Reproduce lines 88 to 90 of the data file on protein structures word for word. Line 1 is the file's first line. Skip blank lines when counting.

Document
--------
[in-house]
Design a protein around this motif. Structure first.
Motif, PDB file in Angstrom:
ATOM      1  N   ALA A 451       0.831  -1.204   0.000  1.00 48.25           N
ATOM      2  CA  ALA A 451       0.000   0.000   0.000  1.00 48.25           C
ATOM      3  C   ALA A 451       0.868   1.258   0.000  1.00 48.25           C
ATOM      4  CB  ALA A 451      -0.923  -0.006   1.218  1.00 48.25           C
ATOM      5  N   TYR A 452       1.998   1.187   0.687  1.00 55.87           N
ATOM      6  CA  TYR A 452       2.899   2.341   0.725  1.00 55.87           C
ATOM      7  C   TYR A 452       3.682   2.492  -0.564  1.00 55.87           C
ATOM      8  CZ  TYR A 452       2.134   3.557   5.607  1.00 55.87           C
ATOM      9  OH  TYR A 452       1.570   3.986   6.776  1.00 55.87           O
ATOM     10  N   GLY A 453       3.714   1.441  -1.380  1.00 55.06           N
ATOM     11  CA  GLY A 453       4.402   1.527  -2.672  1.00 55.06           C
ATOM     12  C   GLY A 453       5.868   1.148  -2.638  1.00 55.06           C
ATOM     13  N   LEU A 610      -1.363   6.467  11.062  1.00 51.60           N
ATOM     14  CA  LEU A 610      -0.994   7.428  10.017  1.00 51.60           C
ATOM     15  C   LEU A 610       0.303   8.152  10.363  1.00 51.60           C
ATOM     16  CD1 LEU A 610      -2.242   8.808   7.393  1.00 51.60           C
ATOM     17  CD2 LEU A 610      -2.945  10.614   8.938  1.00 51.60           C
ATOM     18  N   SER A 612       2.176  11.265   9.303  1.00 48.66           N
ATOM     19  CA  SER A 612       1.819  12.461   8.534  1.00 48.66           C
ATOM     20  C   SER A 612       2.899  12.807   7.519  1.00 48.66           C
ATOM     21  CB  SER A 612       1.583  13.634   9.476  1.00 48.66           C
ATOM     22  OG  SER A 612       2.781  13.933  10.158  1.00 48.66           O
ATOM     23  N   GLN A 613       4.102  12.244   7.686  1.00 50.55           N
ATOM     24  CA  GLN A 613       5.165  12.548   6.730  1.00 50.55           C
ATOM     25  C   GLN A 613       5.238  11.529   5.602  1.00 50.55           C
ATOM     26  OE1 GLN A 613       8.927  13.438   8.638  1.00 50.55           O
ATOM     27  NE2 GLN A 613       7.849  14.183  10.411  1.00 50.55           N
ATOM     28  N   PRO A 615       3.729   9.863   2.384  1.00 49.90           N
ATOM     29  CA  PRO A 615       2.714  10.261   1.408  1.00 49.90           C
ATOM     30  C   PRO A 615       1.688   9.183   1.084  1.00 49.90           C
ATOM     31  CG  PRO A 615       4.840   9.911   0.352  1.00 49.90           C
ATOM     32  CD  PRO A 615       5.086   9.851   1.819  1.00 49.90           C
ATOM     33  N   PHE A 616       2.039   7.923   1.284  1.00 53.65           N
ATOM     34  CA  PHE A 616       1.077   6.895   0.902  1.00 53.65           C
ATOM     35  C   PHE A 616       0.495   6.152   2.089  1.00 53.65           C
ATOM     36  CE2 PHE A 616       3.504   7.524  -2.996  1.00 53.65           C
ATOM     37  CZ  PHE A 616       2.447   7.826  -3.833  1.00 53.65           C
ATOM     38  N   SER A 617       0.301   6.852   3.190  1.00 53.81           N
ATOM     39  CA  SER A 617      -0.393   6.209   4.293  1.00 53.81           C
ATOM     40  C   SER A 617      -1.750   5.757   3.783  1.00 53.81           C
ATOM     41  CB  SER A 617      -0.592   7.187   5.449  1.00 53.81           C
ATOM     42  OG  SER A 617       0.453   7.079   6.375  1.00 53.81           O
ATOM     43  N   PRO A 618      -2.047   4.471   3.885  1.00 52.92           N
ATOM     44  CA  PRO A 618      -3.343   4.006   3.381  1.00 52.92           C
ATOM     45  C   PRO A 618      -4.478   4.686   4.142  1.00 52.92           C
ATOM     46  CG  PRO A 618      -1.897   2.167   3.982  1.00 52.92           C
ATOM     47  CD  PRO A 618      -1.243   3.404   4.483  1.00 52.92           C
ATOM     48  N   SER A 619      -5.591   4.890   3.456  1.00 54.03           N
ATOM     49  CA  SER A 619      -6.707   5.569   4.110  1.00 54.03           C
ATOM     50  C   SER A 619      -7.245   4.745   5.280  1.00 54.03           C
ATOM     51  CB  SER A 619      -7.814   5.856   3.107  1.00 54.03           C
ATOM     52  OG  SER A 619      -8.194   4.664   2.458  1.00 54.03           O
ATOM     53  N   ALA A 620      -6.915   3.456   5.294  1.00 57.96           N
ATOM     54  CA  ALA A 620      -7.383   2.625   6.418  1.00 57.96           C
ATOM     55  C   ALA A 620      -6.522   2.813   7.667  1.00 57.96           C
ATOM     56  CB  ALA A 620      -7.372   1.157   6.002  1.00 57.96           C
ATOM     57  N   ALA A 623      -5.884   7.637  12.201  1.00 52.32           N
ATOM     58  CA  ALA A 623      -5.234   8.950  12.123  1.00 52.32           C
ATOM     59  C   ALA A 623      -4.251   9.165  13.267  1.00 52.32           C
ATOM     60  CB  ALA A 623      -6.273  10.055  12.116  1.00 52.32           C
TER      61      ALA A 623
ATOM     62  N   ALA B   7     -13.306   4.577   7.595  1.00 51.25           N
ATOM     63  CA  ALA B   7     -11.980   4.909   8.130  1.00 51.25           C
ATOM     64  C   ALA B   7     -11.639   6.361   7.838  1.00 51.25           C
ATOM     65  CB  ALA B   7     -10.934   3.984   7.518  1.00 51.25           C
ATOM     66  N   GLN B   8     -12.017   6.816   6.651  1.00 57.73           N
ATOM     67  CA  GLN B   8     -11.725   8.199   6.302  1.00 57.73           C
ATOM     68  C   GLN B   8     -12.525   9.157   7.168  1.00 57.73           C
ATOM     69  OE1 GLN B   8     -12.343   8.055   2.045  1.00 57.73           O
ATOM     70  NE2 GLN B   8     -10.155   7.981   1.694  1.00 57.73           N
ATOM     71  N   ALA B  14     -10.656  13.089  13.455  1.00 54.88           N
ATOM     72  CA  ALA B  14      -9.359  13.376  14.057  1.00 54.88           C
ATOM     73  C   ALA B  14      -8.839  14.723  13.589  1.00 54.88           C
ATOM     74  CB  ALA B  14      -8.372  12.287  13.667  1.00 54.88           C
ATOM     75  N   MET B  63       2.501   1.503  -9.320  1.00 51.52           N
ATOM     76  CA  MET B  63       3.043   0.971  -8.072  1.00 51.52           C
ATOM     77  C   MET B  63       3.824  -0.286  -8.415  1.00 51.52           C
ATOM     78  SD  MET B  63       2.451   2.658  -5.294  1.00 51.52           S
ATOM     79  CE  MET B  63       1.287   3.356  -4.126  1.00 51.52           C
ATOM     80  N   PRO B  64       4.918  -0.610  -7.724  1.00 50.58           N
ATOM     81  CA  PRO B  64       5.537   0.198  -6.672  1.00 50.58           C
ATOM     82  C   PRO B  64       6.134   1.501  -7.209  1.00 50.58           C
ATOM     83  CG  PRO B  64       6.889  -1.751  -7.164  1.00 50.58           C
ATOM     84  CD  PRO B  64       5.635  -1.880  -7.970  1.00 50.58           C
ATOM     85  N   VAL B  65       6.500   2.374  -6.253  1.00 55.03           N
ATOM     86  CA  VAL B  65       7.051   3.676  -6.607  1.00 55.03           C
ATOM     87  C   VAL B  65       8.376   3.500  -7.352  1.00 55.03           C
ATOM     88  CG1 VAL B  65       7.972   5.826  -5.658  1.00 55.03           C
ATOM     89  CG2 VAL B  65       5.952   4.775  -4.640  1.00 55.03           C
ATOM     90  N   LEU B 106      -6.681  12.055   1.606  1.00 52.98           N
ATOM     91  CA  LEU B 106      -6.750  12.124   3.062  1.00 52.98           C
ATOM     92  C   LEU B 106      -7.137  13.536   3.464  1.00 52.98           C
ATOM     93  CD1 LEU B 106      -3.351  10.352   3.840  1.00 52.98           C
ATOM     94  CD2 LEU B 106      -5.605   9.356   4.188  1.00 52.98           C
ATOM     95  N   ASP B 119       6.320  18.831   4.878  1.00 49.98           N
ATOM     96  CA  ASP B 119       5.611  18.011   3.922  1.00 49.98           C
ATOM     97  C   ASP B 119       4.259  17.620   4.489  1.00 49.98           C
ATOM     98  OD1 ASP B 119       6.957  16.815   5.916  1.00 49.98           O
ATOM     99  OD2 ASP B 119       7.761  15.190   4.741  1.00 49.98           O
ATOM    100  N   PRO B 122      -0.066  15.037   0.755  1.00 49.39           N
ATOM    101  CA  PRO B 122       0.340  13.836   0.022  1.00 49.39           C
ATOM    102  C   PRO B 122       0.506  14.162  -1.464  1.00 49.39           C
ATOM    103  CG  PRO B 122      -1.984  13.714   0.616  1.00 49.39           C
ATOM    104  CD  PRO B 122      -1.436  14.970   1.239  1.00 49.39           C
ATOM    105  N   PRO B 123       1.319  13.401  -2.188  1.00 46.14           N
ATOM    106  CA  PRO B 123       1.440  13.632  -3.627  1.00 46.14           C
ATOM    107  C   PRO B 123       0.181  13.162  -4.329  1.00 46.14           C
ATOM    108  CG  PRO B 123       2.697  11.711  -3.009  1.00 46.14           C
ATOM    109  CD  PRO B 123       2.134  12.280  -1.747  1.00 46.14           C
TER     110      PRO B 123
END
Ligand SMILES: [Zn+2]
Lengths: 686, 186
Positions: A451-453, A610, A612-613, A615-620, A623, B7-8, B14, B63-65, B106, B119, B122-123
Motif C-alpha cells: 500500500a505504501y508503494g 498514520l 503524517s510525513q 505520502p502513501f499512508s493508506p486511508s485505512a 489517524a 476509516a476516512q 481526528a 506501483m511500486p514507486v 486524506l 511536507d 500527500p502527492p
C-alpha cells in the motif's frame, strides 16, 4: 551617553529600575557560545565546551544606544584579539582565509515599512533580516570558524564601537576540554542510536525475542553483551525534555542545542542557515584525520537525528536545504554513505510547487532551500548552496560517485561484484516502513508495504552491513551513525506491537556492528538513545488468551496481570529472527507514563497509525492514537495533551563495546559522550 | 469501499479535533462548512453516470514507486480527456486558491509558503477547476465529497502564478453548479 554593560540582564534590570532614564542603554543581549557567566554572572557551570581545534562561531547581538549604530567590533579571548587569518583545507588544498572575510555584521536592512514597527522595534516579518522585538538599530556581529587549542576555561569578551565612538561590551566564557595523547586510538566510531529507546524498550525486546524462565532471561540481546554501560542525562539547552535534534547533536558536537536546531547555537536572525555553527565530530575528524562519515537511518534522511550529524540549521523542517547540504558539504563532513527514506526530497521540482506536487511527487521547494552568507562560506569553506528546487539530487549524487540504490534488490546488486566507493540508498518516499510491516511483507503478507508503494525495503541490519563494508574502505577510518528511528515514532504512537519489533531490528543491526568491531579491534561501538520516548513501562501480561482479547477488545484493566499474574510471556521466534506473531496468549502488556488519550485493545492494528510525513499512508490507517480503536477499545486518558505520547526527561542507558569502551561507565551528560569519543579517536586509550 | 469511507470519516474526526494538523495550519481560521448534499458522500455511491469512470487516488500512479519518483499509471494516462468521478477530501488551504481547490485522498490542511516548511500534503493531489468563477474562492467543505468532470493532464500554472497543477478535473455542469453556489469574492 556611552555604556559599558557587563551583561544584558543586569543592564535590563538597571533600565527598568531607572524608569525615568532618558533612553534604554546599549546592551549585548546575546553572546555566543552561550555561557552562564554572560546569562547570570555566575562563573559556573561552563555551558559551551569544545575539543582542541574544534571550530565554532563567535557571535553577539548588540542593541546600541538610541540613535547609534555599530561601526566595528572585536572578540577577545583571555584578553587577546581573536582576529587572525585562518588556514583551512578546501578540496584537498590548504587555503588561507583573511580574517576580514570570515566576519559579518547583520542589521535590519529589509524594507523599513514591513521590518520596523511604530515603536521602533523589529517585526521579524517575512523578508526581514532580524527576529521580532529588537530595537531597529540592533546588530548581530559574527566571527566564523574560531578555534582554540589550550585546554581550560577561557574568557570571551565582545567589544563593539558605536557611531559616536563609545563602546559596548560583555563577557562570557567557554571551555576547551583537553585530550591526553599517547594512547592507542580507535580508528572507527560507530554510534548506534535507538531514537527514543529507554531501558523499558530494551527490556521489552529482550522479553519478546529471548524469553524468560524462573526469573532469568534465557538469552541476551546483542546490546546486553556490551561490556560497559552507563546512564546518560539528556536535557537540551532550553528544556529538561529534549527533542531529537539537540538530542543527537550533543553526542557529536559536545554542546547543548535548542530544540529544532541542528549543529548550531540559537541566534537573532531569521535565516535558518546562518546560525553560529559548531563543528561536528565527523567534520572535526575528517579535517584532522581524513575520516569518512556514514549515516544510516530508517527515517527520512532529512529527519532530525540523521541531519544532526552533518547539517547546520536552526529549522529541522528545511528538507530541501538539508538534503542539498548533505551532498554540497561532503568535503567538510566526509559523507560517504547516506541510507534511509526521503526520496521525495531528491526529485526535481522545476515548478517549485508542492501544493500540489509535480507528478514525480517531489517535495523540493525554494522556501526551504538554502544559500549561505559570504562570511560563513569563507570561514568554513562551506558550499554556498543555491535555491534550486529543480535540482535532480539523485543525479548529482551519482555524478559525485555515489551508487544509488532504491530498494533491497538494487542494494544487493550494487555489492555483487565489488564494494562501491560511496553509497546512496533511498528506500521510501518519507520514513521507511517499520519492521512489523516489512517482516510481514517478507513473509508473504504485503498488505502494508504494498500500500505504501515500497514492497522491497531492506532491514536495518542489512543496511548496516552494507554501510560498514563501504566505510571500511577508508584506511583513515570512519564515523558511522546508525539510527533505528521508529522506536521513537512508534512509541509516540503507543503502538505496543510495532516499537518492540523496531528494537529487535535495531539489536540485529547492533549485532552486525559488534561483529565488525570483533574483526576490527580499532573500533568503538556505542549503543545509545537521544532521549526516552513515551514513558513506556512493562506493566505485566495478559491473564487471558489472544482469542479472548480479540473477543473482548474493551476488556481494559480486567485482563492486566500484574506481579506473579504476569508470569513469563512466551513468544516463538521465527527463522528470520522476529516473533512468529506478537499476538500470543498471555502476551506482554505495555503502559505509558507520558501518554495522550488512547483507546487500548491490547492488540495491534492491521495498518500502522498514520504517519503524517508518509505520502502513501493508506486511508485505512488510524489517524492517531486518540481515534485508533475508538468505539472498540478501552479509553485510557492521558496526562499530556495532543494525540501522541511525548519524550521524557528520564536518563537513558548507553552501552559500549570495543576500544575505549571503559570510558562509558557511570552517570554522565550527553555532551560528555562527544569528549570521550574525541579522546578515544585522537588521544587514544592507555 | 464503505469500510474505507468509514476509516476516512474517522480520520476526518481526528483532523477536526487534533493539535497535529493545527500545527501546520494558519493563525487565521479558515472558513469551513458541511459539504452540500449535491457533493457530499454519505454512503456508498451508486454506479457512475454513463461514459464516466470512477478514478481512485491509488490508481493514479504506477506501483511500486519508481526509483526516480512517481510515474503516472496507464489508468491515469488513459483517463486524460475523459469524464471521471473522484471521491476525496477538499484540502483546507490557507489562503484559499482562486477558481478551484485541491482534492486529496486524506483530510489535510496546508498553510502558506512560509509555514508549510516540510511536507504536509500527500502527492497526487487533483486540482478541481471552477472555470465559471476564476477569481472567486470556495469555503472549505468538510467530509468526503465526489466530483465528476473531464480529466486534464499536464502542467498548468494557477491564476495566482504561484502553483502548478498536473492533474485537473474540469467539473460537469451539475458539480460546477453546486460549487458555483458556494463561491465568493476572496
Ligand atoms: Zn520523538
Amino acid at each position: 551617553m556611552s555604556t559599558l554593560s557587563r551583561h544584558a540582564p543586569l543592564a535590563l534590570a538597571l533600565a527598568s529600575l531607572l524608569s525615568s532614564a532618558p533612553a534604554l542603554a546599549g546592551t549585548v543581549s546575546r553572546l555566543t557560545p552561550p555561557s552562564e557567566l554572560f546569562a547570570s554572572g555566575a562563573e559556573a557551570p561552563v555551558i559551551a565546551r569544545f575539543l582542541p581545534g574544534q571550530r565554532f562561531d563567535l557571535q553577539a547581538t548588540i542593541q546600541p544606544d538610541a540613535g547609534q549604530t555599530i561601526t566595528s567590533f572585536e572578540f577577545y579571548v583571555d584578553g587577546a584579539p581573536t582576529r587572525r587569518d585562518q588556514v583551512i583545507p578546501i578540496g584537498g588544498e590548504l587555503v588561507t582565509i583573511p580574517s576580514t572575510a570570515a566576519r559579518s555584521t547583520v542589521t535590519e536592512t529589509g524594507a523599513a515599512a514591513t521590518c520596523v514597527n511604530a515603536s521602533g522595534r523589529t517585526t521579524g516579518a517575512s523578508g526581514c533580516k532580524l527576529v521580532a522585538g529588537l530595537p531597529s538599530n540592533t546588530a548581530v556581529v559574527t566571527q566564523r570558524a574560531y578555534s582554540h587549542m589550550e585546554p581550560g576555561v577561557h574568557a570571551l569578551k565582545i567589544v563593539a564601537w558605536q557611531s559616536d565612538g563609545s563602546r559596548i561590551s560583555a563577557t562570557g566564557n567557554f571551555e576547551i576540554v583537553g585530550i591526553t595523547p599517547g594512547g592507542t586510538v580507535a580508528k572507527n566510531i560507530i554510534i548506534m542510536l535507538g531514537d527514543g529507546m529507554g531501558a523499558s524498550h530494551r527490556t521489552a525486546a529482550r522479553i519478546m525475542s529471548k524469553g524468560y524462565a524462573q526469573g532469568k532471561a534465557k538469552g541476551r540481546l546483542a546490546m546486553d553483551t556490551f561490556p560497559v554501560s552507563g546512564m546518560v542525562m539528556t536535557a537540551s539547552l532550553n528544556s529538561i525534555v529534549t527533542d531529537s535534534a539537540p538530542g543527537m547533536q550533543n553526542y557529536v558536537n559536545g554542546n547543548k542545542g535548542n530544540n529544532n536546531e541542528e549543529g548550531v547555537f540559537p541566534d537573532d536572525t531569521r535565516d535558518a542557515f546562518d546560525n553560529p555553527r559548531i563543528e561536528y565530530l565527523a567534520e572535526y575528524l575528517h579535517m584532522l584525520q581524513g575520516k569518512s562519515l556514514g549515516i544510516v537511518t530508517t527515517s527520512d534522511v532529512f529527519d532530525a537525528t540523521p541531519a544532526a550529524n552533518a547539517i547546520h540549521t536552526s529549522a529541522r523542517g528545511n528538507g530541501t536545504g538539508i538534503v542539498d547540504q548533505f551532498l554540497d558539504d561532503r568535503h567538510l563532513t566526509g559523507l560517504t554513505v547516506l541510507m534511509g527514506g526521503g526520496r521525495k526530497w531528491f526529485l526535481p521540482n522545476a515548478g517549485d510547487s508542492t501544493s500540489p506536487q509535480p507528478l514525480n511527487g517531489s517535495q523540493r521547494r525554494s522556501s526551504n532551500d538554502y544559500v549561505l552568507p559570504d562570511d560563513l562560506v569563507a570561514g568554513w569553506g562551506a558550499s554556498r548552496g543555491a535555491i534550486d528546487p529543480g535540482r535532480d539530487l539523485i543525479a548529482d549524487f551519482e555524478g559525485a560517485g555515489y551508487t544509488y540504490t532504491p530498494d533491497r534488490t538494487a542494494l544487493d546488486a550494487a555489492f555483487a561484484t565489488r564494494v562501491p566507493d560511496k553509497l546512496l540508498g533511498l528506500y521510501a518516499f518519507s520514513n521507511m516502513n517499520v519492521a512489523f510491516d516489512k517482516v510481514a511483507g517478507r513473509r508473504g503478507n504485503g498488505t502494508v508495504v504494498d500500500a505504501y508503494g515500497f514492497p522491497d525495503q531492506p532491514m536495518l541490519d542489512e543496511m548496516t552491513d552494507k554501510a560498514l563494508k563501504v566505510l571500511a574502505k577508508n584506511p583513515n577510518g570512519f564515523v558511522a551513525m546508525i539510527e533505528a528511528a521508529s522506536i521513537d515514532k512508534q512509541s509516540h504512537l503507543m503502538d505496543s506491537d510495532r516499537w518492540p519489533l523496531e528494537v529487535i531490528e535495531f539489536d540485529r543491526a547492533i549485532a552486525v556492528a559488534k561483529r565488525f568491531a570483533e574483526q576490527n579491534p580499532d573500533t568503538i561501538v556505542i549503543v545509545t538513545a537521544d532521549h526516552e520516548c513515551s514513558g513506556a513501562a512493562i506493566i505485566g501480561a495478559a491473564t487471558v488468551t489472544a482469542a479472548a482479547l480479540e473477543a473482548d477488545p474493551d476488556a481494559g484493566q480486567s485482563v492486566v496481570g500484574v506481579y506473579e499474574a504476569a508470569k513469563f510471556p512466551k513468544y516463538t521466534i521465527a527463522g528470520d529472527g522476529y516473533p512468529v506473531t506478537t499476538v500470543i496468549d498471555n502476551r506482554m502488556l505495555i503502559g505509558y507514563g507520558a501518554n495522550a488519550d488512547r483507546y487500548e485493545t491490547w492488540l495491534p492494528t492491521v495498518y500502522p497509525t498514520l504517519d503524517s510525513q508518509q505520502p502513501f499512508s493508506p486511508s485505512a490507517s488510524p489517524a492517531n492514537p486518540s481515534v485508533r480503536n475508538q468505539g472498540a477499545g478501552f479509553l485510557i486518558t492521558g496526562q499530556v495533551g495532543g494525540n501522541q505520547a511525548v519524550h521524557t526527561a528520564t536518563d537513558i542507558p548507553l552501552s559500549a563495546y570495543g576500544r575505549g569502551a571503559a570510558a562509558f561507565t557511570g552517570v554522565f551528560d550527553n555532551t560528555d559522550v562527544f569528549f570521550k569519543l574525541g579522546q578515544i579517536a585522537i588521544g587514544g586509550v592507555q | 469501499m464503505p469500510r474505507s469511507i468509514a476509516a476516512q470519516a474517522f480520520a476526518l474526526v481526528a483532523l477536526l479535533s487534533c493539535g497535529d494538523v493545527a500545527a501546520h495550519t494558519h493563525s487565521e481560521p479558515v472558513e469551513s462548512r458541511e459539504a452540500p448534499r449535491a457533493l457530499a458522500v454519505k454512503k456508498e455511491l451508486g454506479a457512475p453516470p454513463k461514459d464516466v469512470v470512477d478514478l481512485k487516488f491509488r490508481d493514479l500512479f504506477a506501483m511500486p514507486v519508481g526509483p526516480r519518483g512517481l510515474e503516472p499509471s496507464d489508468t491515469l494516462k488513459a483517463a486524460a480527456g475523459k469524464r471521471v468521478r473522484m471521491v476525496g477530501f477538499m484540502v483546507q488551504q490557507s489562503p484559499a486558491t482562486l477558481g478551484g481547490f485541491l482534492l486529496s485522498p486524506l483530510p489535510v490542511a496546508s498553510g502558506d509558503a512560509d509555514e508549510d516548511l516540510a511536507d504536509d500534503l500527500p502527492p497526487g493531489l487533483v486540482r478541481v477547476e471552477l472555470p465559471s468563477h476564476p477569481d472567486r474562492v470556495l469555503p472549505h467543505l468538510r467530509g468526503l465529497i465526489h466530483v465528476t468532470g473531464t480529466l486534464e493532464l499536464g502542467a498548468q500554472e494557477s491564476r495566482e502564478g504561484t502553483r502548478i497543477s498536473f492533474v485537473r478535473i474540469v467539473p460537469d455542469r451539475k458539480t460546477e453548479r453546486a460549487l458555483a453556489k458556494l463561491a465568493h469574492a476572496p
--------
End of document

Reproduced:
ATOM     85  N   VAL B  65       6.500   2.374  -6.253  1.00 55.03           N
ATOM     86  CA  VAL B  65       7.051   3.676  -6.607  1.00 55.03           C
ATOM     87  C   VAL B  65       8.376   3.500  -7.352  1.00 55.03           C